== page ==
In August 2017, Cronus Chemicals announced that its proposed greenfield in Tuscola, IL, is still moving forward, with a shiny new agreement with an EPC firm, as well as a revised project scope (more ammonia, less urea), and a more realistic schedule.
Unfortunately, while this was widely reported as being a major step forward, there's a world of difference between an agreement with an EPC firm and an actual EPC agreement.
I've published recent updates on four greenfield nitrogen plants that hope to break ground in 2017, potentially adding 1.8 million tons of ammonia capacity in the US.
The project pipeline is long, however, and others are making progress too. This article provides updates on another four projects that, together, could add more than 4 million tons to North American ammonia capacity through 2022.
While we wait for the current slate of new ammonia plants to start up this year, here's a reminder of the projects that are still in development across North America.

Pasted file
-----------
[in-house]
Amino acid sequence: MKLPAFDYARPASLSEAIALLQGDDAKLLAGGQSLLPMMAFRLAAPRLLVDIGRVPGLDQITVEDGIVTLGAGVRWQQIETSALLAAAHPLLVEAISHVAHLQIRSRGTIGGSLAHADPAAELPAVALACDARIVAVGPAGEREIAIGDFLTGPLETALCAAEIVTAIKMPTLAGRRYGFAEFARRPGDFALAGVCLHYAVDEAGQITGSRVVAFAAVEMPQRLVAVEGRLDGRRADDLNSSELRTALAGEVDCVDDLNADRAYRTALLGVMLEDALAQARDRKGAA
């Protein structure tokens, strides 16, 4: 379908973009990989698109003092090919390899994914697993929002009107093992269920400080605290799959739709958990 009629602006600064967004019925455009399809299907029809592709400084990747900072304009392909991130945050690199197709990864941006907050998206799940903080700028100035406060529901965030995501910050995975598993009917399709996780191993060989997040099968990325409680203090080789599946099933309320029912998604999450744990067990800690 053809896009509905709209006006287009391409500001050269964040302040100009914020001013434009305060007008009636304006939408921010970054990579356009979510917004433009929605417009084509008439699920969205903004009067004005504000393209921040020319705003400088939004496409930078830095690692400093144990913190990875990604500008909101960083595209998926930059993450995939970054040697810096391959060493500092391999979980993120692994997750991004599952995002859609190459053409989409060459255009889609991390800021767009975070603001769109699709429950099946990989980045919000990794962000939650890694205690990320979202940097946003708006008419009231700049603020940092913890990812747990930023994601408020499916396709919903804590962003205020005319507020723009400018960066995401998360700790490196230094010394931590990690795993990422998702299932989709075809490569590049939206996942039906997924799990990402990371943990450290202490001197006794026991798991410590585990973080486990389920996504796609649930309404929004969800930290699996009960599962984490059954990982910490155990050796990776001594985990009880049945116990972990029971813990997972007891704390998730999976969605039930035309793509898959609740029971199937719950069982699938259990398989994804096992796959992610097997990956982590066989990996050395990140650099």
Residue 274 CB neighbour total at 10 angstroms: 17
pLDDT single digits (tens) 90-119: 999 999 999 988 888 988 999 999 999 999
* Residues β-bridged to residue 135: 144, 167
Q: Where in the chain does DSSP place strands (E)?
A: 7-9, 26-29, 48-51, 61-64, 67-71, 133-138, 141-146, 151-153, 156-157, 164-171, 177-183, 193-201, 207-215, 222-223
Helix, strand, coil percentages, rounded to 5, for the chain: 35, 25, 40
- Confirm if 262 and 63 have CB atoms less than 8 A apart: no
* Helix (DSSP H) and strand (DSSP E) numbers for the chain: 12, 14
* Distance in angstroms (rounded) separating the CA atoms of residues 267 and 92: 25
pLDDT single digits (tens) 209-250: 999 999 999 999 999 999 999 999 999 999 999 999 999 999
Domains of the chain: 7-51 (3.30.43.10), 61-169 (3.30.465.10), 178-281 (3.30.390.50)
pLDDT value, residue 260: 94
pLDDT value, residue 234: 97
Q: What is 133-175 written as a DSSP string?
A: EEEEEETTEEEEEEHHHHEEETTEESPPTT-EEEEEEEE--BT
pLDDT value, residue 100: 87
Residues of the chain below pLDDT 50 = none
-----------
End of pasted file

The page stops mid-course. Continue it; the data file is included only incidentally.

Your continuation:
More than a dozen major ammonia plants are in various stages of planning or financing. None of these have started construction yet. Some have been stuck in limbo for years, while others keep making progress. The project pipeline represents a potential investment of over $20 billion and additional ammonia capacity of more than 9 million tons per year.
Obviously, not every project will move ahead - in fact, conventional wisdom says none will - but new trends are emerging that may influence their success or failure.
A list of the biggest projects follows below, summarizing their evolving costs, pushed-back schedules, and changing EPC contractors.
SUMMARY STATUS: Financing phase
Awaiting financial close, before project is confirmed and construction can begin; no date yet for groundbreaking. In August 2017, Cronus announced a new EPC partner, a reduced cost for smaller capacity, and a more realistic schedule. The project has been repeatedly postponed over the last few years.